MKT 313 Exam 1 Study Guide
MKT 313 Exam 1 Study Guide MGT 301: Human Resources
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This 8 page Study Guide was uploaded by Lauren Keiffer on Monday February 16, 2015. The Study Guide belongs to MGT 301: Human Resources at University of Alabama - Tuscaloosa taught by Michael Howe in Spring2015. Since its upload, it has received 294 views.
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Date Created: 02/16/15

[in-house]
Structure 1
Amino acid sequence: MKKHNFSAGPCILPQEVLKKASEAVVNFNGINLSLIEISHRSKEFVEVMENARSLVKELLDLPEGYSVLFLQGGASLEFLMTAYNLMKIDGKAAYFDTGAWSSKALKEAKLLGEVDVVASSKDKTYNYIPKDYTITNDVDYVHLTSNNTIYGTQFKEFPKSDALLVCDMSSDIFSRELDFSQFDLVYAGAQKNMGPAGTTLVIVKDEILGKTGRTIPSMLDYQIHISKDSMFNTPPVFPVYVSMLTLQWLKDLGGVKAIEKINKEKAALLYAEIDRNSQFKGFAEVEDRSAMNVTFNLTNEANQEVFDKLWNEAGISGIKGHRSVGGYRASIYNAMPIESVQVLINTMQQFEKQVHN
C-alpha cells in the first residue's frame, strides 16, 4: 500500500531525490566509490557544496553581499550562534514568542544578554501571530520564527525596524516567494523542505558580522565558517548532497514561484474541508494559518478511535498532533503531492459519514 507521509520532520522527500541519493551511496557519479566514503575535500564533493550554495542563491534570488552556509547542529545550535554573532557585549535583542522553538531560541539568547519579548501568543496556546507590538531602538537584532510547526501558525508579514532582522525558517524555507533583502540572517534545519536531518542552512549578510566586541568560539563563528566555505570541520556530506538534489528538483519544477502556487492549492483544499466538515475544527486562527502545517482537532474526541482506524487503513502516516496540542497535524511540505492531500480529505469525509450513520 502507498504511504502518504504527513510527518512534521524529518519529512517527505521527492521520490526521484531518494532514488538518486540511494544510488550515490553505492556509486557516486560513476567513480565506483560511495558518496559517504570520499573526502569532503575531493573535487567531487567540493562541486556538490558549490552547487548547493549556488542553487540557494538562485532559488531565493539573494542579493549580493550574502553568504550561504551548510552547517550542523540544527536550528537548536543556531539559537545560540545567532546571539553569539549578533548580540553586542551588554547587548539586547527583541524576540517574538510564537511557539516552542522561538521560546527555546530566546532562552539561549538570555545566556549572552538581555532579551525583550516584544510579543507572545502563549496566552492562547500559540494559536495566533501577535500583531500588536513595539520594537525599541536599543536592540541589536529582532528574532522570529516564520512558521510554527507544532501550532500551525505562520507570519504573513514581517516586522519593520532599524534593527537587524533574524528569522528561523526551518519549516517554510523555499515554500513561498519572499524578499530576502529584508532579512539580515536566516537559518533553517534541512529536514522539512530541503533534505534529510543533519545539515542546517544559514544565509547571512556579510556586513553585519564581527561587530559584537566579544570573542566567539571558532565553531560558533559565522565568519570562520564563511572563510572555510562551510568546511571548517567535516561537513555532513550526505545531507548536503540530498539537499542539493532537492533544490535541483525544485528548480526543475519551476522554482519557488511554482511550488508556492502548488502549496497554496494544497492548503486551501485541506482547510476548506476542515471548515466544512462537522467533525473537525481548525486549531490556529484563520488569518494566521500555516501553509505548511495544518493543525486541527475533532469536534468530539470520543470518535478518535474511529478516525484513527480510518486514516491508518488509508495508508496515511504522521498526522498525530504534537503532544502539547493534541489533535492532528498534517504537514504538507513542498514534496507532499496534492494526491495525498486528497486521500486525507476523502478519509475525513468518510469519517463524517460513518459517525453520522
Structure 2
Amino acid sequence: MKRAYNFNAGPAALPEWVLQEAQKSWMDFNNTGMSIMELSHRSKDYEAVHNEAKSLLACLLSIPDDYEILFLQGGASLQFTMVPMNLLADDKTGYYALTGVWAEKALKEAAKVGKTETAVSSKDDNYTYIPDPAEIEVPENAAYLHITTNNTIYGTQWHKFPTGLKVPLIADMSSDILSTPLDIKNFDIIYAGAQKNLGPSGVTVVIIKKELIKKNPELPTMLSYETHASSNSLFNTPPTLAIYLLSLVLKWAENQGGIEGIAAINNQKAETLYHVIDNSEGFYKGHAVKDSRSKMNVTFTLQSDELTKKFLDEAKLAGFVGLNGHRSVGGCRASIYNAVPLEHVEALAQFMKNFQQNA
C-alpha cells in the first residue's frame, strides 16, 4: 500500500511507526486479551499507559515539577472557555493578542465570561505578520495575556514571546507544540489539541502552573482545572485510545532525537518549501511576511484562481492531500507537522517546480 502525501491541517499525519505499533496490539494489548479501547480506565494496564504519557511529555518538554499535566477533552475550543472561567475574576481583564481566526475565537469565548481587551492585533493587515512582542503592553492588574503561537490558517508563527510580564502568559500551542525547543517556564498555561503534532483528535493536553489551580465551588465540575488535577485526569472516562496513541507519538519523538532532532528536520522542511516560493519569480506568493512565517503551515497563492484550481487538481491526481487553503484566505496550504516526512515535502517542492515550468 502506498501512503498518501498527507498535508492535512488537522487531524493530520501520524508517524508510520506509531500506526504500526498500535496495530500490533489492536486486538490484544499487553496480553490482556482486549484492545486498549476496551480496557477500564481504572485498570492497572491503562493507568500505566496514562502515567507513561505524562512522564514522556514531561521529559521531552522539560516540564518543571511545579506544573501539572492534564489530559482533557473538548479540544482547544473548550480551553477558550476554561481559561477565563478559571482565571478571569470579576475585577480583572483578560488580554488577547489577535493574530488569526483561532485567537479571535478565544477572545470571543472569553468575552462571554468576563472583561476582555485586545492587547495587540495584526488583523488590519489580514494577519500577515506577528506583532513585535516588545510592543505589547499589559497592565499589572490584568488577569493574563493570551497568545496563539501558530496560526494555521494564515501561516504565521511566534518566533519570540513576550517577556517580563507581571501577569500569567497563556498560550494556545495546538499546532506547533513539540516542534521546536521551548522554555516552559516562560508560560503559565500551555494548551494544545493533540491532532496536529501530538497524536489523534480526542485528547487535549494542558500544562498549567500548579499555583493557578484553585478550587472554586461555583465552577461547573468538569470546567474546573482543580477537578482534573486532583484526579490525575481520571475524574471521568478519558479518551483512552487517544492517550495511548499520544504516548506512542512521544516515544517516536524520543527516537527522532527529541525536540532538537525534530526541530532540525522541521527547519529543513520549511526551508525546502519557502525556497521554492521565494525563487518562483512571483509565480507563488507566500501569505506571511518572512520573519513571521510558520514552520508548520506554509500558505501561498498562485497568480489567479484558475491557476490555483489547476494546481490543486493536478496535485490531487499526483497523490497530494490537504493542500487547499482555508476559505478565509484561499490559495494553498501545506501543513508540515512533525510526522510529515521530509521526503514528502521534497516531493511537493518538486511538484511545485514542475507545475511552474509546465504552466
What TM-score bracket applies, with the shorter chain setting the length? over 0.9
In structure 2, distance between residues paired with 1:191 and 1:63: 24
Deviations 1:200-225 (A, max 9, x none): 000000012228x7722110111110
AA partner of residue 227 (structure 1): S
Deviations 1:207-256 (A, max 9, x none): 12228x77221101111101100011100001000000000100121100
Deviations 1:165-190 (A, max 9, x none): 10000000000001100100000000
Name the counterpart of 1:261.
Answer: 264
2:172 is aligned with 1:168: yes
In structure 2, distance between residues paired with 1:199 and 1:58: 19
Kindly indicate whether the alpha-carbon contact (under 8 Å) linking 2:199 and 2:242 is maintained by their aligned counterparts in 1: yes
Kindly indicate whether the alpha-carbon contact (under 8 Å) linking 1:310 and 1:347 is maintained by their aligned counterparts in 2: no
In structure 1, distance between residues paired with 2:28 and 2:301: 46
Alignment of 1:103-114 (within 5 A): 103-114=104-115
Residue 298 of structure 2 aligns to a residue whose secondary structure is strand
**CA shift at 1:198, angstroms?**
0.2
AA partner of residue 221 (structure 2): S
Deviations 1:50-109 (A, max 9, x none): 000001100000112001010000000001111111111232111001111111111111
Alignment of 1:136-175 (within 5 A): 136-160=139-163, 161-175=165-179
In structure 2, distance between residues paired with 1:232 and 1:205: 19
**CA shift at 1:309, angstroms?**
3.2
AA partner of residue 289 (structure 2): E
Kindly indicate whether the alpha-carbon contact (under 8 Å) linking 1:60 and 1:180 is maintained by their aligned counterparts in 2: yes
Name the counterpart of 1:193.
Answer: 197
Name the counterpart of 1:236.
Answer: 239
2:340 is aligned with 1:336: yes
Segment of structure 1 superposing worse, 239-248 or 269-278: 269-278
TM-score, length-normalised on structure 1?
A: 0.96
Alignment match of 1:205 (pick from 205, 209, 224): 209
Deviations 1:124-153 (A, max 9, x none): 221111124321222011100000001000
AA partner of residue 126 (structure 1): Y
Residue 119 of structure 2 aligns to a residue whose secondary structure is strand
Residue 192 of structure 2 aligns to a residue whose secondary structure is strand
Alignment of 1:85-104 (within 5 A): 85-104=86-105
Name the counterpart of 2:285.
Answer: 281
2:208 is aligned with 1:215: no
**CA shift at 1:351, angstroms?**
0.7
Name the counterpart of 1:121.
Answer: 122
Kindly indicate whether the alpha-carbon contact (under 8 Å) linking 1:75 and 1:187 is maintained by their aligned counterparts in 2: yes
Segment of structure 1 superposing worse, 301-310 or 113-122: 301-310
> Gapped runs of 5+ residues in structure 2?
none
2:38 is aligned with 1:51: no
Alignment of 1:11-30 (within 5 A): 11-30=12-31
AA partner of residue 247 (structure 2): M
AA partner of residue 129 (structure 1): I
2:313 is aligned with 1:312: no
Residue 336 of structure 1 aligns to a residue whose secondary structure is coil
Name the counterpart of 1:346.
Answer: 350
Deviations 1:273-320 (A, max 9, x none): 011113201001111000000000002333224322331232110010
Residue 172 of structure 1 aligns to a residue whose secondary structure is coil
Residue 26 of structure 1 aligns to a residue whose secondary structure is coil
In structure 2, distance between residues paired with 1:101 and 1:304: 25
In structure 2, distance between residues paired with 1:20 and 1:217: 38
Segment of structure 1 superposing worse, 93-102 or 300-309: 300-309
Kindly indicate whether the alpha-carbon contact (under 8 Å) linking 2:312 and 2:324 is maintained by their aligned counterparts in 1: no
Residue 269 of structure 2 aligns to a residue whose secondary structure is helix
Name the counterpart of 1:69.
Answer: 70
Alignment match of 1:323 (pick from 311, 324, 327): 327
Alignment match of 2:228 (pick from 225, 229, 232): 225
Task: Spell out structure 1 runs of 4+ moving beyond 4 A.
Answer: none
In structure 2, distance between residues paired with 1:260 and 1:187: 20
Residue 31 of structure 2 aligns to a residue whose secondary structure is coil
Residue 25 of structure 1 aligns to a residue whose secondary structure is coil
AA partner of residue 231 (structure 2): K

MKT 313 Consumer Behavior Exam 1 Study Guide Chapters 1 812 Chapter 1 Consumer Behavior and Marketing Strategy Consumer Behavior The study of individuals groups or organizations and the processes they use to select secure use and dispose of products services experiences or ideas to satisfy needs and the impacts that these processes have on the consumer and society Consumer behavior is complex and multidimensional It involves numerous steps and is in uenced by several factors Applications of Consumer Behavior 0 Marketing Strategy Plan for achieving rm goals Regulatory Policy Social Marketing The use of marketing tactics to create a positive effect on individuals or society Informed Individuals The more consumers understand about marketing tactics the more effective consumers they will be Marketing Strategy and Consumer Behavior 0 Market Analysis Company Competitors Conditions Consumers Market Segmentation quotA portion of a larger market whose needs differ from the larger market Identify product related need sets Group consumers with similar need sets Describe each group Select attractive segments to target Marketing Strategy quotHow will we provide superior customer value to our target marketquot Value Product Bene ts Product Costs Requires a consistent marketing mix 0 Product 0 Price 0 Distribution 0 Promotion 0 Service 0 Consumer Decision Process quotThe consumer decision process intervenes between the marketing strategy as implemented by the marketing mix and the outcomes Problem recognition Information search Alternative evaluation Purchase Use Evaluation 0 Outcomes Individual outcomes 0 Need satisfaction actual v perceived need ful llment lnjurious consumption Firm outcomes 0 Product position 0 Sales and pro t 0 Customer satisfaction Society outcomes 0 Economic 0 Physical environment 0 Social welfare Conceptual Model of Consumer Behavior 0 External in uences Culture Demographics Religion Families and households Groups 0 Internal in uences Perception Learning Memory Motives Personality Emotions Attitudes o Selfconcept and lifestyle SelfconceptThe totality of an individuals thoughts and feelings about oneself LifestyleHow one lives including the products one buys how one uses them what one thinks about them and how one feels about them 0 Decision Process Consumer decisionsresult from perceived problems and opportunities Consumer problemsarise in speci c situations and the nature of the situation in uences the resulting consumer behavior Chapter 8 Perception Exposure 0 Selective Exposure Failure to gain exposure results in lost communication and sales opportunities 0 Voluntary Exposure Sometimes consumers actively seek out commercials and other marketing stimuli for various reasons including purchase goals entertainment and information Attention o Stimulus Factors The physical characteristics of the stimulus itself Color and movement Position Contrast and expectations Adaptation eve theorv Suggests that if a stimulus does not change onver time we habituate to it and begin to notice it less and less 0 Individual Factors Characteristics which distinguish one individual from another Motivation The consumers involvement with the product can be temporary or endu ng Ability The consumer s capacity to attend to and process the information o Situational Factors Include stimuli in the environment other than the focal stimulus and temporary characteristics of the individual that are induced by the environment Clutter Program involvement The consumer s interest in the program surrounding the ads Nonfocused Attention o Hemispheric lateralization Left side of brain controls activities related to rational thought Right side of brain deals with images and impressions o Subliminal stimuli A message is presented so fast softly or masked by other messages the consumer is not aware of seeing or hearing it A subliminal ad hides key persuasive information within the ad by making it so weak that it is difficult or impossible for someone to physically detect Interpretation More of a relative process rather than absolute perceptual relativity need a reference point Tends to be subjective and open to a host of psychological biases It can be a cognitive thinking process or an affective emotional process 0 Cognitive Interpretation A process whereby stimuli are placed into existed categories of meaning Affective interpretation The emotional or feeling response triggered by a stimulus Individual characteristics Traits Drive our needs and desires and in uence how a stimulus is interpreted Can be physiological and psychological Learning and knowledge Expectations expectation bias Situational characteristics The situation provides a context within which the focal stimulus is interpreted Contextual cues present in the situation play a role in consumer interpretation independent of the actual stimulus ex Coke does not advertise during the evening news Stimulus characteristics Change Sensory discrimination Physiological ability to detect a change from one brand to the next JND just noticeable difference Minimum amount that a brand can vary from another for a change to be detected Traits such as size shape and color Organization Proximity Putting two stimuli close together imply relation Closure Incomplete stimulus Figureground Make stimulus stand out and be the focus Chapter 9 Learning Memory and Product Positioning Memory 0 Shortterm memory quotworking memoryquot That portion of total memory that is currently activated or in use Consumers must constantly refresh information through maintenance rehearsal or it will be lost Short term memory has a limited capacity Chunking putting bits of related information together into chunks to aid with memory Elaborative activities serve to rede ne or add new elements to memory and ca n involve both 0 concepts and imagery Longterm memory That portion of total memory devoted to permanent information storage Semantic memory The basic knowledge and feelings and individual has about a concept Episodic memory The memory of a sequence of events in which a person participated Schemas quotschematic memoryquot Pattern of associations around a particular concept Scripts Memory of how an action sequence should occur Retrieval How accessible easy to recall is the information Learning 0 High Involvement The consumer is motivated to process or learn the material 0 Low Involvement The consumer has little or no motivation to process or learn the material Approaches to Learning Conditioning Presenting two things together consistently in order to condition people to think about them together 0 Classical conditioning The process of using an established relationship between on stimulus and response to bring about the learning of the same response to a different stimulus o Operant conditioning Involves rewarding desirable behaviors such as brand purchases with a positive outcome that serves to reinforce the behavior requires consumer to engage Cognitive learning 0 Iconic rote learning Learning an association between concepts without conditioning o Vicarious learning modeling Learning what outcomes to expect from behaviors by watching others 0 Analytical reasoning Learning new associations and concepts by recombining existing information and new information Consumers Forget o Conditioned learning Extinction Desired response decays or dies out if not reinforced 0 Cognitive learning Retrieval failure Factors in forgetting 0 Strength of learning Importance Message involvement Mood Reinforcement Repe on Dual coding 0 Memory interference Occurs when consumers have dif culty retrieving a speci c piece of information because other related information in memory gets in the way Common form of interference is competitive advertising 0 Response environment Brand Image Refers to the schematic memory of a brand What do people think and feel when they see or hear a brand name The set of associations consumers have learned about a brand Product Positioning A decision by a marketer to try and achieve a de ned brand image relative to the competition within a market segment ex mac v pc commercials Perceptual mapping Offers marketing managers a useful technique for measuring and developing a product position It shows consumer perceptions of brands in relation to each other based on certain attributes Product repositioning Refers to a deliberate decision to signi cantly alter the way the market views a product Brand equity The value consumers assign to a brand above and beyond the functional characteristics of the product Willing to pay more for the brand name Brand leverage quotFamily brandingquot quotBrand extensionsquot quotUmbrella brandingquot Refers to marketers capitalizing on brand equity by using an existing brand name for new products Chapter 10 Motivation Personality and Emotion Motivation The reason for behavior A construct representing an unobservable inner force that stimulates and compels a behavioral response and provides speci c direction to that response Motivation Theories o Maslow39s Hierarchy of Needs Designed to account for most human behavior in general terms Physiological gt Safety gt Belongingness gt Esteem gt Selfactualization o McGuire39s Psychological Motives Detailed set of motives used to account for speci c aspects of consumer behavior 16 motives total Cognitive or Affective gt Preservation or Growth gt Active or Passive gt Internal or External Manifest motives The linkage between consumers behavior and motives are known and freely admitted Latent motives The linkage between consumers behavior and motives are either unknown or the consumer is reluctant to admit or reveal them Motivational Con ict o ApproachApproach A choice between two attractive alternatives 0 ApproachAvoidance A choice with both positive and negative consequences 0 AvoidanceAvoidance A choice involving only undesirable outcomes pick your poisonrock and hard place Regulatory Focus 0 Prevention focused Consumer desires safety and security looking to minimize losses Ad should present them with facts about the product 0 Promotion focused Consumer desires growth and development looking to maximize gains Ad should affect the emotional Personality An individuals characteristic response tendencies across similar situations Motivations are the energizing and directing force that makes consumer behavior purposeful and goal directed while personality of the consumer guides and directs the behavior chosen to accomplish goals in different situations Multitrait approach 5 factor model The most commonly used by marketers identi es 5 basic traits that are formed by genetics and early learning Extroverstion Instability Agreeableness Openess to experience Conscientiousness LJ39gtLJLJII I Singletrait approach 0 Consumer ethnocentrism Re ects an individual difference in consumers propensity to be biased against the purchase of foreign products 0 Need for cognition Re ects an individual difference in consumers propensity to engage in and enjoy thinking 0 Need for uniqueness Re ects an individual difference in consumers propensity to pursue differentness relative to others through the acquisition utilization and disposition of consumer goods Brand image What people think of and feel when they hear or see a brand name Brand personality A set of human characteristics that become associated with a brand or a particular type of image that some brands acquire Sincerity o Excitement Competence Sophistication Ruggedness Communicating brand personality Celebrity endorsers User imagery Executional factors Emotion The identi able speci c feeling and affect to refer to the likingdisliking aspect of the speci c feeling Emotions are strong relatively uncontrolled feelings that affect behavior Dimensions of emotion o Pleasure how pleasant o Arousal how intense o Dominance how controlling